Today the LCMS celebrates the Festival of Saint Mary Magdalene.
The Gospels mention Mary of Magdala as one of the women of Galilee who followed Jesus and His disciples. She witnessed His crucifixion and burial, and went to the tomb on Easter Sunday to anoint His body. She was the first recorded witness of the risen Christ and was sent by Him to tell the disciples. Thus, early Christian writings sometimes refer to her as “the apostle to the apostles” (apostle means “one who is sent”).
Confusion sometimes abounds as to whether she is the same person as Mary of Bethany (sister of Martha and Lazarus) or the unnamed woman who anointed Jesus’s feet (Luke 7:36-48). Add in the statement that Jesus cast seven demons out of her (Luke 8:2) and you get the origins of a tradition that she was a prostitute before she met Jesus.
Following the assumption (possibly quite misguided) that Mary Magdalene truly had been a spectacular sinner whose penitential sorrow was deep and complete — and possibly because John described her as crying at the tomb of Jesus — artists often portray her either as weeping or with red eyes from having wept. This appearance (and a slight corruption in translation) led to the English word “maudlin,” meaning “effusively or tearfully sentimental.” Magdalen College at Oxford and Magdalene College at Cambridge (note the different spellings) — both pronounced “Maudlin” — derive their names from this Saint Mary.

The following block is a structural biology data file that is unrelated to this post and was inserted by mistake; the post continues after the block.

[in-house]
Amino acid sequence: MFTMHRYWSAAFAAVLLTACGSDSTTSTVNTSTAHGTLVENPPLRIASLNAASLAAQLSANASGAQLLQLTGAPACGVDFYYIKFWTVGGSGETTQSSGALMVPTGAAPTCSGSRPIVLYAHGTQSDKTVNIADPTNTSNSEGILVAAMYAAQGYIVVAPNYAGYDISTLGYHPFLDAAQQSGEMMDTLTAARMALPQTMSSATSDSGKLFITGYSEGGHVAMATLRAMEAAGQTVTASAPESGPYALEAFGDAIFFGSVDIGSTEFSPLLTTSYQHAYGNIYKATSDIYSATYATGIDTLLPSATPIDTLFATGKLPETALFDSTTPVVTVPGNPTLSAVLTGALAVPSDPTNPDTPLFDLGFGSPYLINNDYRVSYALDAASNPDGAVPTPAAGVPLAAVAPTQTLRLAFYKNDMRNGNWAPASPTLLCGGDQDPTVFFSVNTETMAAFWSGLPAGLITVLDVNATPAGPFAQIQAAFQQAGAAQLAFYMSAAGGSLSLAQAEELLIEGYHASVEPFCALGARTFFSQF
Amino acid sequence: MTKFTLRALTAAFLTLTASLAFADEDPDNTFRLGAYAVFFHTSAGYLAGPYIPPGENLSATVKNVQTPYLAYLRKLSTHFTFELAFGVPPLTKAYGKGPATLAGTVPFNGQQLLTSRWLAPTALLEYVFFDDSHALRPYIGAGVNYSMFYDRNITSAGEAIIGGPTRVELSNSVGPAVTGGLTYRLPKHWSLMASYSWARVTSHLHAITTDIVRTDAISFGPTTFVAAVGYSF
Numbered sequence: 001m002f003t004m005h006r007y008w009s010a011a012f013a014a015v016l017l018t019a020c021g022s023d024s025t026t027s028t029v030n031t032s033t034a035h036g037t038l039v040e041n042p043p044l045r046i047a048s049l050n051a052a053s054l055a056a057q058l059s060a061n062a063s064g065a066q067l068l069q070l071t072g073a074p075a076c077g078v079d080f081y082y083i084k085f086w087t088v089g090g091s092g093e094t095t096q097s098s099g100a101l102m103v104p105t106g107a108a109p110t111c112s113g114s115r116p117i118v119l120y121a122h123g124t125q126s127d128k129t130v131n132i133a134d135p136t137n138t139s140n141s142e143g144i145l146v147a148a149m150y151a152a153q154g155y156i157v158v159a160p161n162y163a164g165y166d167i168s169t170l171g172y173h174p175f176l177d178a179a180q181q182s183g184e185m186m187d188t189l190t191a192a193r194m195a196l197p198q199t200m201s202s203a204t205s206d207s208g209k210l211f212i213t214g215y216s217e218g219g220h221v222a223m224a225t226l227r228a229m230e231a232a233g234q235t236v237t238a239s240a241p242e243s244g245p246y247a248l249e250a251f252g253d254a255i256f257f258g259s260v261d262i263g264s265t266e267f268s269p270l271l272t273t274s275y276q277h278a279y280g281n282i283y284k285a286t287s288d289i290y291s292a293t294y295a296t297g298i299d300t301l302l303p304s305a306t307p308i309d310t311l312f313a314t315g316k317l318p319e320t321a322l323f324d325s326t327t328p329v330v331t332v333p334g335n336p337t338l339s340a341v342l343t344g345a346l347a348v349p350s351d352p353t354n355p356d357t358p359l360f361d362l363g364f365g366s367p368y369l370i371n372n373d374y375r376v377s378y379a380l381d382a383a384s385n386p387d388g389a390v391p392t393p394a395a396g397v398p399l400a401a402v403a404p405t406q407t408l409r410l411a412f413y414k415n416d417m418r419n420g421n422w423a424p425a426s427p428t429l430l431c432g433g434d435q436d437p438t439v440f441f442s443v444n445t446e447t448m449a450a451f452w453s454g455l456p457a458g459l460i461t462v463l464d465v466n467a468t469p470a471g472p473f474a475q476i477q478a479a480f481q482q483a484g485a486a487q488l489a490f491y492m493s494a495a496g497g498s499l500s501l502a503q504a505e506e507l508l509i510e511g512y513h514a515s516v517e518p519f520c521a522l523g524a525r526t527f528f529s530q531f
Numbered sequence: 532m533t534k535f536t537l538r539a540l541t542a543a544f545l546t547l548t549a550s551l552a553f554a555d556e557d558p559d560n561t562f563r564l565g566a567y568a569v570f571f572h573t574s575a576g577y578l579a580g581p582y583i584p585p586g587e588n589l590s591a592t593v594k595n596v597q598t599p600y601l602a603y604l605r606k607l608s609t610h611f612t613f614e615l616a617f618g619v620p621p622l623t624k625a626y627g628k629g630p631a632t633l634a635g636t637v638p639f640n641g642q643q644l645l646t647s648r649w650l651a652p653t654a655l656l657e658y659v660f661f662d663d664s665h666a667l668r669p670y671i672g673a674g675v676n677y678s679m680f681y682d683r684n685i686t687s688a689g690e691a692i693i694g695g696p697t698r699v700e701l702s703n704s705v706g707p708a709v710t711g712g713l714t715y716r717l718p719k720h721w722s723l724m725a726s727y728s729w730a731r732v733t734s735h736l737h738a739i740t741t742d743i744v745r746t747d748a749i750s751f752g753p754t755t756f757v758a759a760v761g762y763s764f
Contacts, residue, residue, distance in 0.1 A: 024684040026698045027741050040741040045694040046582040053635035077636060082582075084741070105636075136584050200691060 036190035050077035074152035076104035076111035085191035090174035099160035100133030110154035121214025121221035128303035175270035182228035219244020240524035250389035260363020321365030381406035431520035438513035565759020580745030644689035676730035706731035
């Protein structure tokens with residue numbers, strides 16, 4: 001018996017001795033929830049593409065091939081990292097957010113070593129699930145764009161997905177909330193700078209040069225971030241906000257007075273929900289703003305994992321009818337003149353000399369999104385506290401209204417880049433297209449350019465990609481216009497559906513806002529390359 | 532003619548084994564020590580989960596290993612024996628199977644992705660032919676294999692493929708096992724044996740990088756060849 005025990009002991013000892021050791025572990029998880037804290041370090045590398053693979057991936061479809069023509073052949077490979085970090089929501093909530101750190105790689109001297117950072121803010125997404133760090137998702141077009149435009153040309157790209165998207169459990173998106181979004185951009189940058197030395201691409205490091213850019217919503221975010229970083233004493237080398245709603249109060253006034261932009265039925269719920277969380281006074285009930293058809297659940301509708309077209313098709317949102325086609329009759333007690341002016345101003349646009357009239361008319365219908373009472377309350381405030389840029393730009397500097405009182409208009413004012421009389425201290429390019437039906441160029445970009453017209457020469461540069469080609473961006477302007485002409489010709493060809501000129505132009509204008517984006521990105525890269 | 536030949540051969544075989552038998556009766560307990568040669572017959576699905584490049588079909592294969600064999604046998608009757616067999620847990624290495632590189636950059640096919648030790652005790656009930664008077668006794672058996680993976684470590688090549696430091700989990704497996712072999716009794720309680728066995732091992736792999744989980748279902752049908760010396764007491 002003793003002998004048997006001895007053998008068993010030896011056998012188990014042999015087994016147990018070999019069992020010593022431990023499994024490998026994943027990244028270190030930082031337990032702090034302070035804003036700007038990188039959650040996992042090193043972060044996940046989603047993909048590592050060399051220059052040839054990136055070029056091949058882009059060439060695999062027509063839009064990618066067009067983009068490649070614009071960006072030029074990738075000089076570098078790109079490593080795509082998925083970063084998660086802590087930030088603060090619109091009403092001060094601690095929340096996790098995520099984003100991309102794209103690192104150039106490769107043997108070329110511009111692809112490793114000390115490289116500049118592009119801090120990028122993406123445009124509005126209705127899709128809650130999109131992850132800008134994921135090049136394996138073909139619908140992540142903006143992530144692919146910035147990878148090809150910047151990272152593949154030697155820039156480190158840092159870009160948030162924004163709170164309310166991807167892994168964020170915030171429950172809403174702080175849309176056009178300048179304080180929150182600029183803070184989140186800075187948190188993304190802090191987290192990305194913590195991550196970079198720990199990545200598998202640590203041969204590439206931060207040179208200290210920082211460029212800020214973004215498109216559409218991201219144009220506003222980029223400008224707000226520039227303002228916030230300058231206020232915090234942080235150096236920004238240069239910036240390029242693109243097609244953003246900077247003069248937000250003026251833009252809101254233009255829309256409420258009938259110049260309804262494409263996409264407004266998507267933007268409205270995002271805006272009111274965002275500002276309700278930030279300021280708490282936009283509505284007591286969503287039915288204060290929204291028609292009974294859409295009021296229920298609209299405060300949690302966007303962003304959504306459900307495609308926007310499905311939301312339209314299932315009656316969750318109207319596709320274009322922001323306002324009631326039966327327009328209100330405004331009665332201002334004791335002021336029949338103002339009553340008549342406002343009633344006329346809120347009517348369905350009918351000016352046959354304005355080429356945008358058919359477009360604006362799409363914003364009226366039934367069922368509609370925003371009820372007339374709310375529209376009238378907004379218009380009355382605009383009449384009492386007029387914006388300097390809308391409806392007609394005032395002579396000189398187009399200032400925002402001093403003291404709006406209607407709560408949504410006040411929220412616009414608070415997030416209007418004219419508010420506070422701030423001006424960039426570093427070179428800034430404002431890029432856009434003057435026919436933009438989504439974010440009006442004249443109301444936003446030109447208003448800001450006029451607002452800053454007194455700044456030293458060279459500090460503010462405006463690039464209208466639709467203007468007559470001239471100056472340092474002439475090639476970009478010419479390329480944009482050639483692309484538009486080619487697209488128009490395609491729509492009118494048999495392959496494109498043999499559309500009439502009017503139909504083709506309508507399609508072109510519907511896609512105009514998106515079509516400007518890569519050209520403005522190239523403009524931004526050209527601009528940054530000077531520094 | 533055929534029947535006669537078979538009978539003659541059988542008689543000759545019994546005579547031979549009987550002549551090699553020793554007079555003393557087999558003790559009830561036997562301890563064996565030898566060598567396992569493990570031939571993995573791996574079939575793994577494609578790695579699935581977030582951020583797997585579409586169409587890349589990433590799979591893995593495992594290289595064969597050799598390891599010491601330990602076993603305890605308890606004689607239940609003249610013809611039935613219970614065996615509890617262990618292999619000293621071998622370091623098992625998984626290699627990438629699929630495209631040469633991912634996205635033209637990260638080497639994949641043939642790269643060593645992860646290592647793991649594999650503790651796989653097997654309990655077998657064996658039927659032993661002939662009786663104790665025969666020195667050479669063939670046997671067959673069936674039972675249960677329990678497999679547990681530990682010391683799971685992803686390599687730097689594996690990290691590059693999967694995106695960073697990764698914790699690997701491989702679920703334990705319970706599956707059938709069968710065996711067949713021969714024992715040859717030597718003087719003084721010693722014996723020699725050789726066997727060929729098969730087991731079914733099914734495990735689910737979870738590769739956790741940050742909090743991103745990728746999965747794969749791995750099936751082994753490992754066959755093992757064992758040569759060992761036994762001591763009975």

From the hymn “By All Your Saints in Warfare” (LSB 517):
All praise for Mary Magdalene,
Whose wholeness was restored
By You, her faithful master,
Her Savior and her Lord.
On Easter morning early
A word from You sufficed;
For she was first to see You,
Her Lord, the risen Christ.